The week before last, I left a comment which hinted that I was going to tell you a story about the world in which Marcia lives for most of the year. Wind the clock back some fifteen years or so to a chilly March Sunday which, weather wise, could easily have been in the middle of the winter.
Sally (who had bought her cottage many years before from Marcia and had become a close friend) was walking down the road past where we then lived to go to church and Marcia joined her.
“Will the girls be home for Christmas, Sally?” she asked.
“Umm. Well. You do know it’s nearly Easter, don’t you?” Sally retorted.
Poor Marcia was terribly embarrassed as she told me when she came home. Life in a parallel universe can be equally as fascinating as any of David Attenborough’s ‛Life on Earth’ series – and sometimes just as scary.
She was writing the first of the Chadwick Trilogy, Looking Forward. This short extract may bring that book back to some of you.
By the time Prue arrived later on Christmas Eve everything was ready. When she came into the hall, fetched from the station by Fox, they were all waiting for her. The tree, soaring up to the ceiling, was covered in lit candles, the only light apart from leaping firelight. The tinsel and baubles shone and glittered and tiny parcels, beautifully wrapped, hung from the stronger boughs. Holly and mistletoe, tied with scarlet ribbon, decorated the hall; mince-pies and sherry were waiting on the table before the fire. She stood quite still, just inside the door, and stared in delight while the family smiled at her pleasure.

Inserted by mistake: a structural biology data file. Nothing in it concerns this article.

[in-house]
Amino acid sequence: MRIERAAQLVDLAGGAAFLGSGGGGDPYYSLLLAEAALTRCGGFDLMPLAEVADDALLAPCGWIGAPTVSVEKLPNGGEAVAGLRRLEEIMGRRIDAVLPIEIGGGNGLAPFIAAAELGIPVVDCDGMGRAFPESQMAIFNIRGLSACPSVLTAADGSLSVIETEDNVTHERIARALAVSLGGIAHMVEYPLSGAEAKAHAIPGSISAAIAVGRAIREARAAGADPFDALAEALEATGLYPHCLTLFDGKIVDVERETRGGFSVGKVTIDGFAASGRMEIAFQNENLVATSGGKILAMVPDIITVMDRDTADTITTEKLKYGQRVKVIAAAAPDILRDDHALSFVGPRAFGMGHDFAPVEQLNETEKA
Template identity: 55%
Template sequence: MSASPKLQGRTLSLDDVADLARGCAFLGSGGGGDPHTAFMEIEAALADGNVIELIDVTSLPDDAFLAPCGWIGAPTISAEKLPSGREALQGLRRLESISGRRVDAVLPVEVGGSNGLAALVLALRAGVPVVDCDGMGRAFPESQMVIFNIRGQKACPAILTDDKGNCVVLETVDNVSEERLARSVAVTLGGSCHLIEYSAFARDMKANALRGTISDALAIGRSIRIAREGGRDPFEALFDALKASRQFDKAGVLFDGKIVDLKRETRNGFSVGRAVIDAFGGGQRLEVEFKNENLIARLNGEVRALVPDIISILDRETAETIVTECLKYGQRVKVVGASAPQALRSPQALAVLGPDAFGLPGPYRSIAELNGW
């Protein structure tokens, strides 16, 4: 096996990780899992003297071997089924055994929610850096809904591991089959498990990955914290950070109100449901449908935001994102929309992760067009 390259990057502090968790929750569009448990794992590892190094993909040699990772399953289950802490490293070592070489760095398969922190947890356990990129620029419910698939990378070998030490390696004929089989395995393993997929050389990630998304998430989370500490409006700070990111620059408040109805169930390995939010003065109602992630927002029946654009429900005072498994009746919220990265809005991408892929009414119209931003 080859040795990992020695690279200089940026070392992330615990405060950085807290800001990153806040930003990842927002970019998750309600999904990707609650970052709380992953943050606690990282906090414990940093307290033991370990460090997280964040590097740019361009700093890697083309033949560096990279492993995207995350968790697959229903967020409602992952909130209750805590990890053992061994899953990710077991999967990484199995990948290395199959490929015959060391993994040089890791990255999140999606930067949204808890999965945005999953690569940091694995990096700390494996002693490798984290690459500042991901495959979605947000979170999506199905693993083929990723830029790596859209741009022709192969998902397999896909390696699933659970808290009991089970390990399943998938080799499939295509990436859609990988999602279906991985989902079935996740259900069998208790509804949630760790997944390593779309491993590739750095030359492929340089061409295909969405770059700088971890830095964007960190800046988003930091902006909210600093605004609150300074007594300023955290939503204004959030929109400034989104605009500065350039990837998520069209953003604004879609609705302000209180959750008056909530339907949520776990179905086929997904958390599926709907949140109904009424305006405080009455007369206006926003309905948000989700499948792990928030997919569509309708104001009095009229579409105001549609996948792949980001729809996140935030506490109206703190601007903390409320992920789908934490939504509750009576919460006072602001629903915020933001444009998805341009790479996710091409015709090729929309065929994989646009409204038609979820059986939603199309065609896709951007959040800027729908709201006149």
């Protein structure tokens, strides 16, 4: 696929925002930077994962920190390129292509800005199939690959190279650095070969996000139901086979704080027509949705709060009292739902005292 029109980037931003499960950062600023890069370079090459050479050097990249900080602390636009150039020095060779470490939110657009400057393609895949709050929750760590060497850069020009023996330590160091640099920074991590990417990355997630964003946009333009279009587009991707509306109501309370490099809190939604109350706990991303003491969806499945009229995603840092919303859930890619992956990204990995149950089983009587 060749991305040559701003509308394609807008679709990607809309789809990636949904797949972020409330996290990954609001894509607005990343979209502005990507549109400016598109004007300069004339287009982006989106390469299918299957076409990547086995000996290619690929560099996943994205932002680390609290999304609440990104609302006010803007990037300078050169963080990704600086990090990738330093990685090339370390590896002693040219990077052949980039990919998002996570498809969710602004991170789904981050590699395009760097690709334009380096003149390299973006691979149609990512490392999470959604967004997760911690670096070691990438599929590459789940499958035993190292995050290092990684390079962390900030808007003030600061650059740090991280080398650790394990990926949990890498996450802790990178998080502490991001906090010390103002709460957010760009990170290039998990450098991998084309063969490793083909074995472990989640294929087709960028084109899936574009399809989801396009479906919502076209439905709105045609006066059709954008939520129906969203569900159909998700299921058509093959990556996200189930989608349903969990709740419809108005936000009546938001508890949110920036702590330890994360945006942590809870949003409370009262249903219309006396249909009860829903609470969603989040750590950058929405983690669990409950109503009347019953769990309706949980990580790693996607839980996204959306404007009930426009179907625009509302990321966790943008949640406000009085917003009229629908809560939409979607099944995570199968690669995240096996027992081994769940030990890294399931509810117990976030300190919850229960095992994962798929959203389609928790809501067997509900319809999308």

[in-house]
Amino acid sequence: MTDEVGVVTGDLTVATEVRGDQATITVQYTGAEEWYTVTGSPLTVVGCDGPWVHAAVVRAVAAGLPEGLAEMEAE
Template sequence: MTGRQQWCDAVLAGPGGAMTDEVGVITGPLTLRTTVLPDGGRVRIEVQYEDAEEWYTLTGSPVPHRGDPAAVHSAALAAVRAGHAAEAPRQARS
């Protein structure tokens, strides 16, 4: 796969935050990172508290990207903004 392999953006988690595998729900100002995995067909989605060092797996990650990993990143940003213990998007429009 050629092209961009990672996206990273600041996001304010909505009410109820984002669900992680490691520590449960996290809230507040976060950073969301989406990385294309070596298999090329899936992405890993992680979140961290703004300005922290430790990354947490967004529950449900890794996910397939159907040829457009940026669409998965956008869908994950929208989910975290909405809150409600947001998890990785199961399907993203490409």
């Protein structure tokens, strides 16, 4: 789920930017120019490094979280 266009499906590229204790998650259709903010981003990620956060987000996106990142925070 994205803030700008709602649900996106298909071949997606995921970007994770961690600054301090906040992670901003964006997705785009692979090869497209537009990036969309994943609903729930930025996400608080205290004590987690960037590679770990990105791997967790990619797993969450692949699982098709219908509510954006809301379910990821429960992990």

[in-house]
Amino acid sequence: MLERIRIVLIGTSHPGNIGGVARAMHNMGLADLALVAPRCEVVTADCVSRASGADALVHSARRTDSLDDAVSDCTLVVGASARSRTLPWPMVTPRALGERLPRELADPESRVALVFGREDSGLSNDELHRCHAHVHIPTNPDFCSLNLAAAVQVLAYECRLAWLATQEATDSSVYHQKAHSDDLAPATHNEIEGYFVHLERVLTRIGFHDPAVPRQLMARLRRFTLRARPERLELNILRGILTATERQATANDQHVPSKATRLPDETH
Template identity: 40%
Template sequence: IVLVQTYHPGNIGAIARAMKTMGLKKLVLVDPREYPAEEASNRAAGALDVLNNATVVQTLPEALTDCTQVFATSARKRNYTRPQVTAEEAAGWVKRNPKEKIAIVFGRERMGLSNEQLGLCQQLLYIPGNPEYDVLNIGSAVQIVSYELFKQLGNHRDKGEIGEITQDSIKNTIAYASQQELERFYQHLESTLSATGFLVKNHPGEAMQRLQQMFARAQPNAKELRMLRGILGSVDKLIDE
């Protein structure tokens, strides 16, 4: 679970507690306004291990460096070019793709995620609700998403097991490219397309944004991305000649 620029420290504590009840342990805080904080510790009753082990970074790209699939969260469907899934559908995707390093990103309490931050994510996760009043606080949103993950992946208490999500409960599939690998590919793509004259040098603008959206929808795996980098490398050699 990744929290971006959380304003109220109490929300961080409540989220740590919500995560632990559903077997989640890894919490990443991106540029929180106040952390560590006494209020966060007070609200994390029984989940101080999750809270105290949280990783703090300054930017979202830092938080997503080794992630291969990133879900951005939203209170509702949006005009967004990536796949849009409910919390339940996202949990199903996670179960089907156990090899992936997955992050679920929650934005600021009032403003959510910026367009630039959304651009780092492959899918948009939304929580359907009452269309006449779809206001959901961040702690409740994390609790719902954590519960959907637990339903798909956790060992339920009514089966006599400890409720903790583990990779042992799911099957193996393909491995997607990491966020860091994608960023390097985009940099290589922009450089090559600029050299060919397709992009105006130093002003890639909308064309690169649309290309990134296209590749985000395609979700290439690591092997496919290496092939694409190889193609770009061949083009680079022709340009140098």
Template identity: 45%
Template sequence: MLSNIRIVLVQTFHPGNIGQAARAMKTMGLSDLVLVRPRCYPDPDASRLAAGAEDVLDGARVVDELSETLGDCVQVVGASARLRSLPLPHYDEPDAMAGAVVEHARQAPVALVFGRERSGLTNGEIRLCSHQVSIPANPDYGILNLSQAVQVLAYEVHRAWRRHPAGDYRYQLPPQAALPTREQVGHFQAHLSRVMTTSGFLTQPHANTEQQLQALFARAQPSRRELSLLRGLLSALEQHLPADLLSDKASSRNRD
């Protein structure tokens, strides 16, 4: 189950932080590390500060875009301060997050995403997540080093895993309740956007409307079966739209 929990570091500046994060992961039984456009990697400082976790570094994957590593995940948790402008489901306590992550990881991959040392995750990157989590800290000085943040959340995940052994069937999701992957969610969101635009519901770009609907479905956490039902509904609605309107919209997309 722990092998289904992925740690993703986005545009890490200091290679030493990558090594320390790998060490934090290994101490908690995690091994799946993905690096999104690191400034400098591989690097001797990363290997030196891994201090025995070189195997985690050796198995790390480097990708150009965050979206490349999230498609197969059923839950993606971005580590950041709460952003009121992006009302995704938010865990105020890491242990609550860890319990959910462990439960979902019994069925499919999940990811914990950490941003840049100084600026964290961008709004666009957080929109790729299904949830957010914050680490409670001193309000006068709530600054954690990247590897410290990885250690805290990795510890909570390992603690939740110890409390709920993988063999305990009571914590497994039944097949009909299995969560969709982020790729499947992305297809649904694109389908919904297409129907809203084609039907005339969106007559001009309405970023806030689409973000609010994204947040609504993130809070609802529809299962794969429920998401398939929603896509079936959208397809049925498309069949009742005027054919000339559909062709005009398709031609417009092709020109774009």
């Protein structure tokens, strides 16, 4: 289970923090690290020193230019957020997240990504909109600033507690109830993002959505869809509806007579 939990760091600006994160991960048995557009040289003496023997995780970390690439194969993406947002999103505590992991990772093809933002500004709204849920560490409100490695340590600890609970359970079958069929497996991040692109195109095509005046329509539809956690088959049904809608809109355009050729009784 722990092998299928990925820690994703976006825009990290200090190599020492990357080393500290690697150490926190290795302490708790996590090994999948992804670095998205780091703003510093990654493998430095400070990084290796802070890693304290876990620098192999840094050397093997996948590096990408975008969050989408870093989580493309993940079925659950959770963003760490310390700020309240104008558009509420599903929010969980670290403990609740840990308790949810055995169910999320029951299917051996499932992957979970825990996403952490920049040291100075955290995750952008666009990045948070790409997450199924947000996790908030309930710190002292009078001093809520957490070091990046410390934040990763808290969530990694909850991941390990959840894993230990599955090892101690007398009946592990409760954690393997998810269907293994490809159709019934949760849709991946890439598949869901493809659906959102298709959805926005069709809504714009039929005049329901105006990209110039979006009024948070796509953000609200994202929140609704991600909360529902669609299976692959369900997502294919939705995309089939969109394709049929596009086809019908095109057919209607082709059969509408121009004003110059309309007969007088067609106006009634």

'It's perfect,' she said at last and - as though she had released them from a spell - they surged forward to greet her, hugging and kissing her, making her welcome.
Now, as I write, with the signings nearly over (one more on 1 December) Marcia is already withdrawing slightly from the here and now as she sinks deeper into the world being inhabited by her characters.
One of the problems we have always had (but now resolved, I am happy to say) was that various Inland Revenue inspectors just could not grasp how the creative process works.
“You have here traveling expenses for MOTS? Please explain.” I would be asked.
Having explained that MOTS was shorthand for Memories of the Storm, I went on to say that Marcia needed to visit where her characters were to connect properly with them. Clearly this concept was inexplicable to those from the Inland Revenue and I can still see the deep suspicion and dis-belief staring at me from the other side of the desk. What I was saying was the absolute truth – Marcia never suffers from writer’s block but there are times when she, as she puts it, “hits the buffers” and then we set off to wherever we need to be going. We are rarely on the road for more than half an hour when she starts talking about the book – exploring new ideas that are coming to her as we drive along and through the area where the book is set. It may be that she wishes to explore a town or village and we stop so that she can wander off (on her own) and see what connections she can make.
|We thought we would miss the sunsets when we left The Hermitage. Well, this was taken from our bedroom window the other night when the moon (you can just see it top left) was only a few days old so, clearly, we were wrong.|
Would the books be the same if we never droned about like this? Would there be any books? I can’t give you a definitive answer to that question but, obviously, the way we go about things works – it produces very popular and (if I may say so) moving novels. Eventually, after both sides said a lot of things that should not have been said (and I hope they regretted these as much as I did) they accepted my arguments.
We have made two such trips this week, grabbing moments of reasonable weather in between the torrential rain which has flooded so much of the west country recently, and I am happy to report that matters trundle along very satisfactorily.
|Just to prove that I haven't forgotten the Jackdaws. Here is one prancing (do you agree that is the right word?) on the drive - track, really - that leads from the house.|